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Sunday, 07 July 2013 17:00

Industry in Transition: Construction industry tries to buck stereotypes through technology, education

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Longtime ABC President John Doherty, left, is retiring later this month. Stepping into the position is Norm Brady, a long-time executive at Triangle Associates. The two have been discussing how best to position the organization to serve members amid changes in the industry. Longtime ABC President John Doherty, left, is retiring later this month. Stepping into the position is Norm Brady, a long-time executive at Triangle Associates. The two have been discussing how best to position the organization to serve members amid changes in the industry. PHOTO: ELIJAH BRUMBACK

The construction industry wants to re-establish its position in the job market as a profession that takes innovation, technology and creativity as seriously as the companies in Silicon Valley.

In West Michigan and across the country, contractors, engineers and other industry professionals are using new technology and sophisticated systems to deliver complex building projects on shorter timelines and with fewer roadblocks than before. And just as important, they’re doing it safely.

Despite the industry’s progress over the last decade, professionals say the industry must do a better job of telling its story and fighting long-held negative perception.

“We’re not a bunch of rednecks running around the job sites without harnesses,” said Norm Brady, vice president of human resources for Grand Rapids-based Triangle Associates Inc. who next week will take over as president of the Western Michigan chapter of the Associated Builders and Contractors (ABC).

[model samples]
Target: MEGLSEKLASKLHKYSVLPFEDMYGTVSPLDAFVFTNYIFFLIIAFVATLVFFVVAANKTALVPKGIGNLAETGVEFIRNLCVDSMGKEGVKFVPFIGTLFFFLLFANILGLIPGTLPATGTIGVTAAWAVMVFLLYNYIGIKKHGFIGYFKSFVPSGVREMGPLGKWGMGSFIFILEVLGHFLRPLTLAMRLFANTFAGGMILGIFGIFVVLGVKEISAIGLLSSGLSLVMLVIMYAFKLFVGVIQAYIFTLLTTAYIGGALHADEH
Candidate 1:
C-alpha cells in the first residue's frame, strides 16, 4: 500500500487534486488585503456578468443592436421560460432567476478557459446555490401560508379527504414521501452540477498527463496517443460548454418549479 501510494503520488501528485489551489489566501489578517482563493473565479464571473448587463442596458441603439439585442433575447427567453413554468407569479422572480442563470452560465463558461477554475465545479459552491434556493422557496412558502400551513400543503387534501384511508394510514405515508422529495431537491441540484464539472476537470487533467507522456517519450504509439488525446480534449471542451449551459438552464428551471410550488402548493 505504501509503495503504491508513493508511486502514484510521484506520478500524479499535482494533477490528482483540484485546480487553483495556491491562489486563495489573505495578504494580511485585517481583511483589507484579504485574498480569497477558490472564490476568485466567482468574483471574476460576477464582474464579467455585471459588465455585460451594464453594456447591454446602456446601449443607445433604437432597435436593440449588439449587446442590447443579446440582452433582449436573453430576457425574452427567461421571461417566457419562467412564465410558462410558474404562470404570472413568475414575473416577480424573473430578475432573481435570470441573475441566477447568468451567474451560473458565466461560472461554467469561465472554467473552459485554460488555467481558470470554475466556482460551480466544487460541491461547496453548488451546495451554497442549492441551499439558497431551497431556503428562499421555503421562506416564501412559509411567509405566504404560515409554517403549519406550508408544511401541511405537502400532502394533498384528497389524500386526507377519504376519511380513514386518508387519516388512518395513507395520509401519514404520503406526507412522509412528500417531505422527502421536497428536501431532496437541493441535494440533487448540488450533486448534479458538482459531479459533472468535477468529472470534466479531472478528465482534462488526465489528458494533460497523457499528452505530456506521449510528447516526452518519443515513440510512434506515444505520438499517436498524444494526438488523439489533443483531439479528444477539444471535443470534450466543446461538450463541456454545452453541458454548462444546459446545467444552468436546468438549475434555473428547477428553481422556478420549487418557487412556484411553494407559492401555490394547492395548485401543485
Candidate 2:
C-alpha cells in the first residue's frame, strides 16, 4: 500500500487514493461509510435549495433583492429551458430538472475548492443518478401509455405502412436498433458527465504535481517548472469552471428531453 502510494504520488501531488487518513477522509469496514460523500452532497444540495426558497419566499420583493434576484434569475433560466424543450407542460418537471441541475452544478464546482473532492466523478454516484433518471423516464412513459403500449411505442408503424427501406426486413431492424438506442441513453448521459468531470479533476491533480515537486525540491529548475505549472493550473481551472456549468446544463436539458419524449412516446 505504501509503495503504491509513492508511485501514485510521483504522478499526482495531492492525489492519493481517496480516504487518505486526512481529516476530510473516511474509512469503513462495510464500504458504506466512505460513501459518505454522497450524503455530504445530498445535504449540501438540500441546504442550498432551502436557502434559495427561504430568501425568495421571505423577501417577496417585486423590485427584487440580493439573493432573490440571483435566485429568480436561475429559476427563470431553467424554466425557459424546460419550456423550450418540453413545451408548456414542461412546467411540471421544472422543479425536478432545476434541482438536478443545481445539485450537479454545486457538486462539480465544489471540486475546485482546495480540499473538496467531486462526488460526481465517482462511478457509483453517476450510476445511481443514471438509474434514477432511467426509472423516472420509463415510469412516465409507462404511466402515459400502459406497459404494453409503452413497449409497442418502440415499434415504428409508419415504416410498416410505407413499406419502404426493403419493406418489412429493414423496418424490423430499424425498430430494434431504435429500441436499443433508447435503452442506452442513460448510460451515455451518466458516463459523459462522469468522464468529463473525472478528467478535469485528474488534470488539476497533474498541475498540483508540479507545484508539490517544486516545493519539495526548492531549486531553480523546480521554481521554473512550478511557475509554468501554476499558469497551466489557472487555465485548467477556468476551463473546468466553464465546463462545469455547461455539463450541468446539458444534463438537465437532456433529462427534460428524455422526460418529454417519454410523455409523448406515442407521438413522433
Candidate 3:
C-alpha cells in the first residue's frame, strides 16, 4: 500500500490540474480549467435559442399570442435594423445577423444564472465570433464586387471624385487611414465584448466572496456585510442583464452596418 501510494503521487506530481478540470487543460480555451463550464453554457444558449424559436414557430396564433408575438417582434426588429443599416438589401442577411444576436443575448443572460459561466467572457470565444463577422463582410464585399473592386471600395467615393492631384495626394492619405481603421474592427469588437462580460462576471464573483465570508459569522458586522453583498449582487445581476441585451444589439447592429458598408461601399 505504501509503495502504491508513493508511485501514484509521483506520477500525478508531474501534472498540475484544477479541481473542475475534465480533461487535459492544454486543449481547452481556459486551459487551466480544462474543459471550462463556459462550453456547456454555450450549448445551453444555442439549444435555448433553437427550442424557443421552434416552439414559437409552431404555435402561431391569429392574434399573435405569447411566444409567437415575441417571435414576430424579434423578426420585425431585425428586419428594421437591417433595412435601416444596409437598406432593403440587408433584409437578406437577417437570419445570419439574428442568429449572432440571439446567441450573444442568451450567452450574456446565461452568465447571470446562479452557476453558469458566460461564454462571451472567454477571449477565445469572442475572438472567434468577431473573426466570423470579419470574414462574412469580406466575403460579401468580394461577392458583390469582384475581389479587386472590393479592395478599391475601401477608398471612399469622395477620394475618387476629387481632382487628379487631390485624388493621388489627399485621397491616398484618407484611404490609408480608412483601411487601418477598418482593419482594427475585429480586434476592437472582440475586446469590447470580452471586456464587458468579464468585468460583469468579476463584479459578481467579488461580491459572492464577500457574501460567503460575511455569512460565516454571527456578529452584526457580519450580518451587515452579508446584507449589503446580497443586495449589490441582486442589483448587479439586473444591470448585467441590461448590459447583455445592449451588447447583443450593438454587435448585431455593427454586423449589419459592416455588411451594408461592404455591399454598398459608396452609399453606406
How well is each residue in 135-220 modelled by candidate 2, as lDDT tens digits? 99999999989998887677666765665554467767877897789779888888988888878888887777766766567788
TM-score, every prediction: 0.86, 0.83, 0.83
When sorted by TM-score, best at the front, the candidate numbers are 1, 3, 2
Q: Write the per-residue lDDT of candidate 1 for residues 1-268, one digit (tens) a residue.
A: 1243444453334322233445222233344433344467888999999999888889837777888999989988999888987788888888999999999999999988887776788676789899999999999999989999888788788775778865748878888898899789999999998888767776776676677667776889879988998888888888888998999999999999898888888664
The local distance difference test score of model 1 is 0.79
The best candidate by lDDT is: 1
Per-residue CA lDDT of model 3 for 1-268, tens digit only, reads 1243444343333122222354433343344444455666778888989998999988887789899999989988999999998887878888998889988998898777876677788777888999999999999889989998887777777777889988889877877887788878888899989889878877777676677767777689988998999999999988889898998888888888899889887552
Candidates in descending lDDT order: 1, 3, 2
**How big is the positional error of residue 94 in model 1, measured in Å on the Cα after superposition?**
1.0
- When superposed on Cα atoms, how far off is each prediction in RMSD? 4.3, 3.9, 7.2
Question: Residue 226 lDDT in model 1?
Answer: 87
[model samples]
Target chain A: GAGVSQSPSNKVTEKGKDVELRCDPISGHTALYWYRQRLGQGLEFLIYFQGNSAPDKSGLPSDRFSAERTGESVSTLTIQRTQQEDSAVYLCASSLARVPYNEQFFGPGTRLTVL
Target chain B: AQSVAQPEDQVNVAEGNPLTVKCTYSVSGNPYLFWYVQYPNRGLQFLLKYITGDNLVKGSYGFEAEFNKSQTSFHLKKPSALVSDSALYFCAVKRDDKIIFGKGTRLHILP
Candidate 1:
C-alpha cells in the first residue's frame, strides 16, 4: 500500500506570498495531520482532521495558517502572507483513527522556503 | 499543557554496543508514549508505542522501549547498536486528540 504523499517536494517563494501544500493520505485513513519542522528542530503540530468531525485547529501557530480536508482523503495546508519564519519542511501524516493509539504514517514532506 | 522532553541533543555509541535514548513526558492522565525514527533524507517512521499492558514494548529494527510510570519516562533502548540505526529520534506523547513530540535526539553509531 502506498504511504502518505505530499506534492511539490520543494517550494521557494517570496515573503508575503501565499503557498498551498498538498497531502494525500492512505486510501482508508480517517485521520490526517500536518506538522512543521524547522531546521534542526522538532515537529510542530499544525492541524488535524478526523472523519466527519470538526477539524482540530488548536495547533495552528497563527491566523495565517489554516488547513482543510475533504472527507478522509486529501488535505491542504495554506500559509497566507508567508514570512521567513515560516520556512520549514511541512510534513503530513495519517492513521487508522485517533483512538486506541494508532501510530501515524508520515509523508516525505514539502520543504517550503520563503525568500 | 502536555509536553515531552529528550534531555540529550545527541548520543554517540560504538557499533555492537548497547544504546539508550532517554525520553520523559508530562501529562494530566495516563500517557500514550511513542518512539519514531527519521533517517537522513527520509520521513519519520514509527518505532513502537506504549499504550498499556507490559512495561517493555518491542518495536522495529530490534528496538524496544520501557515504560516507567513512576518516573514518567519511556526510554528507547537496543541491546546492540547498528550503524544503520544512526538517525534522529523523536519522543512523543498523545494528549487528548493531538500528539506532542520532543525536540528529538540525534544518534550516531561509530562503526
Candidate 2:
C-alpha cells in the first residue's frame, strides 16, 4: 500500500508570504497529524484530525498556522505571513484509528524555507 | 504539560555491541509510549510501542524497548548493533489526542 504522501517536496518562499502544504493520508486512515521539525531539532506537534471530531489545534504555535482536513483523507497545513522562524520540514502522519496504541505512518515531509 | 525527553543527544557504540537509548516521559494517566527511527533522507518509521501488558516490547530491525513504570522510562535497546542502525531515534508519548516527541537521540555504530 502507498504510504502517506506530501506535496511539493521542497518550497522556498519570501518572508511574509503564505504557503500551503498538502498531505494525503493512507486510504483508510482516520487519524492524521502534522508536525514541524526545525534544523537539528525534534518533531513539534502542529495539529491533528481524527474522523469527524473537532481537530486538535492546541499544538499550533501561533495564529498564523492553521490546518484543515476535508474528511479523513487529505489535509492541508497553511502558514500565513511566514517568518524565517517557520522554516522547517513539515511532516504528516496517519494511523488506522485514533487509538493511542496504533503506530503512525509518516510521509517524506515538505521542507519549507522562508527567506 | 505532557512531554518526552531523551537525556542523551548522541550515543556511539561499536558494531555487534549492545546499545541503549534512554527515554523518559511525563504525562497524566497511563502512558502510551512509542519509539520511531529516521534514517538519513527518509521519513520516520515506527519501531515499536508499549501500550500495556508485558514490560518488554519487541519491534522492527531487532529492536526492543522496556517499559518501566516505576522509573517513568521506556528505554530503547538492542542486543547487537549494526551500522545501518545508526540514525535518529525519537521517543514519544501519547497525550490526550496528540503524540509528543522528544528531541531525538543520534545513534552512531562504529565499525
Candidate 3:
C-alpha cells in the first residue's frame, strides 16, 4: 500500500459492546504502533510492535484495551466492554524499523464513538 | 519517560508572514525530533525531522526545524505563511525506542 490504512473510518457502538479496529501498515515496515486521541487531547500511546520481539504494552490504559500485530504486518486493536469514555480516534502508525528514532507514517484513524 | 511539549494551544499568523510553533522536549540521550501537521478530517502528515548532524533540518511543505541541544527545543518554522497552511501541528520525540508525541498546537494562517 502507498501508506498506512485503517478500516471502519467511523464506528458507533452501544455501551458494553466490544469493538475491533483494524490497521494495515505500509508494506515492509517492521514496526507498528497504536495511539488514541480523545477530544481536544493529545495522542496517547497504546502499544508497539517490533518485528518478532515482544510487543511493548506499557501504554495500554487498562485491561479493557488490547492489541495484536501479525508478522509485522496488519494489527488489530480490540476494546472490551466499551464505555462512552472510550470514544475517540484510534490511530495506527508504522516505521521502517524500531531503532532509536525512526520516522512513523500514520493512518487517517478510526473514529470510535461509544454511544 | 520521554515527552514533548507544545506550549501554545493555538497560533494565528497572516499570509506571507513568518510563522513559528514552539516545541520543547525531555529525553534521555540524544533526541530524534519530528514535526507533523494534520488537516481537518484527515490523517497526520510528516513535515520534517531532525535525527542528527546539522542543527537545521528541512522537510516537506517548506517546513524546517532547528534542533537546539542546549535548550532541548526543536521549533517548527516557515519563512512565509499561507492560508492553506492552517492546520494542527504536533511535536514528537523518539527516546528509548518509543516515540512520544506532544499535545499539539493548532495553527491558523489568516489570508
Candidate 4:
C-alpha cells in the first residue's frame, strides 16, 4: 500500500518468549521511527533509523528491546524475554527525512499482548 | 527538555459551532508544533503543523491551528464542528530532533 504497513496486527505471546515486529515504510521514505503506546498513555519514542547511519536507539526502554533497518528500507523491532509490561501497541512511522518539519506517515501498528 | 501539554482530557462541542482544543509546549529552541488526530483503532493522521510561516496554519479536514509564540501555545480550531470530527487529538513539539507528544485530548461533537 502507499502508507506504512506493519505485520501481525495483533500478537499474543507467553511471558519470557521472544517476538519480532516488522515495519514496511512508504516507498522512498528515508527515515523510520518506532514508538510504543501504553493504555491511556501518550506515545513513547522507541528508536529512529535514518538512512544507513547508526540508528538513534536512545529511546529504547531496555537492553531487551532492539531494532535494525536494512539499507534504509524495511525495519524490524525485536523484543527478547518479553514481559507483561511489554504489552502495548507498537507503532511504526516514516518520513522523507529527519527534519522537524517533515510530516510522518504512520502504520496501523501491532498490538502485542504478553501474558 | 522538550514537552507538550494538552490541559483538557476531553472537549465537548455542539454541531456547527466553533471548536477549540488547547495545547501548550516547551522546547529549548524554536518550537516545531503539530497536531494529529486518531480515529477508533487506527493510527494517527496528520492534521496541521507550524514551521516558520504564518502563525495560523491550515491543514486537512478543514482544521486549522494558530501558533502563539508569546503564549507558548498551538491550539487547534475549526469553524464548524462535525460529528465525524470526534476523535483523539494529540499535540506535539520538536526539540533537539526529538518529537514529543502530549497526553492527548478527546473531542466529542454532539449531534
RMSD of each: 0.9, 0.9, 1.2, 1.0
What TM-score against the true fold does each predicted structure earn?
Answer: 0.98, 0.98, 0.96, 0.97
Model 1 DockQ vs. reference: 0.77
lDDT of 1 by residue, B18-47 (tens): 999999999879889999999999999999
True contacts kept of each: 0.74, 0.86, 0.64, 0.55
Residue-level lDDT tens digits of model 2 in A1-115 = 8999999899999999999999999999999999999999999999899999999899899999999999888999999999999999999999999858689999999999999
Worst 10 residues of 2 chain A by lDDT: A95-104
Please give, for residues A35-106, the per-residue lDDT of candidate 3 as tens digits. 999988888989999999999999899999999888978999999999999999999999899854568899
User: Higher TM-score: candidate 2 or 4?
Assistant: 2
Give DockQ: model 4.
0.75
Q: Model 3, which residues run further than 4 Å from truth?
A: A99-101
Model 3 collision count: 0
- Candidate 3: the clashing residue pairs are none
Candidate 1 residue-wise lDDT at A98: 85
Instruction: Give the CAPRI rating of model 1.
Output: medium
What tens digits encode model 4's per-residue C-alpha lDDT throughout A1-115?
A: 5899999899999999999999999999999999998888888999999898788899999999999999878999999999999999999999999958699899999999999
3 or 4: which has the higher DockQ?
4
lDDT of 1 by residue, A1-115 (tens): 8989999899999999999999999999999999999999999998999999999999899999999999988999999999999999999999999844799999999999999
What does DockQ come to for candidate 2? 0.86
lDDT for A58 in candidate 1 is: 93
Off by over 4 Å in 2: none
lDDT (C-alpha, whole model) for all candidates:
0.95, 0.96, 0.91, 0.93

Brady steps into the position at ABC as John Doherty, the chapter’s long-time president and a mentor within the national organization, steps down.

When Doherty joined ABC 42 years ago, he was brought on to help organize apprenticeship-training programs, which until that point, were only available through trade unions.

Today, Doherty said the construction industry continues to have talent-related challenges, an issue he and others have worked on for years. Recent efforts have focused on creating educational avenues to positions in management and in the skilled trades. Those programs are crucial as many school districts have dissolved their building trades programs, he said. Now, many of those same districts struggle to reinvest in those programs and to point students to the right courses at community colleges, for example.

ABC and companies themselves are realizing that getting to students early is the only way to bring back industry and backfill the talent pool, Doherty said.

“Before, people were promoted through the ranks,” he said. “Now there is opportunity for those coming out of college with a four-year degree to step into some of the upper management positions as the baby boomers transition out of companies.

“At the same time, we’re still working against this stigma of individuals making a living with their hands.”

The educational efforts of ABC and other industry associations come at a time when many in the industry are gearing up to hire new people.

Across West Michigan, construction companies (which are tracked with mining and logging firms) generally added jobs in the May 2012 to May 2013 period, according to data from the Association of General Contractors. Hiring in the Muskegon-Norton Shores metropolitan statistical area (MSA) grew 11 percent. The Grand Rapids-Wyoming and Kalamazoo-Portage MSAs each posted 2 percent gains, while hiring was flat in Battle Creek and Holland-Grand Haven.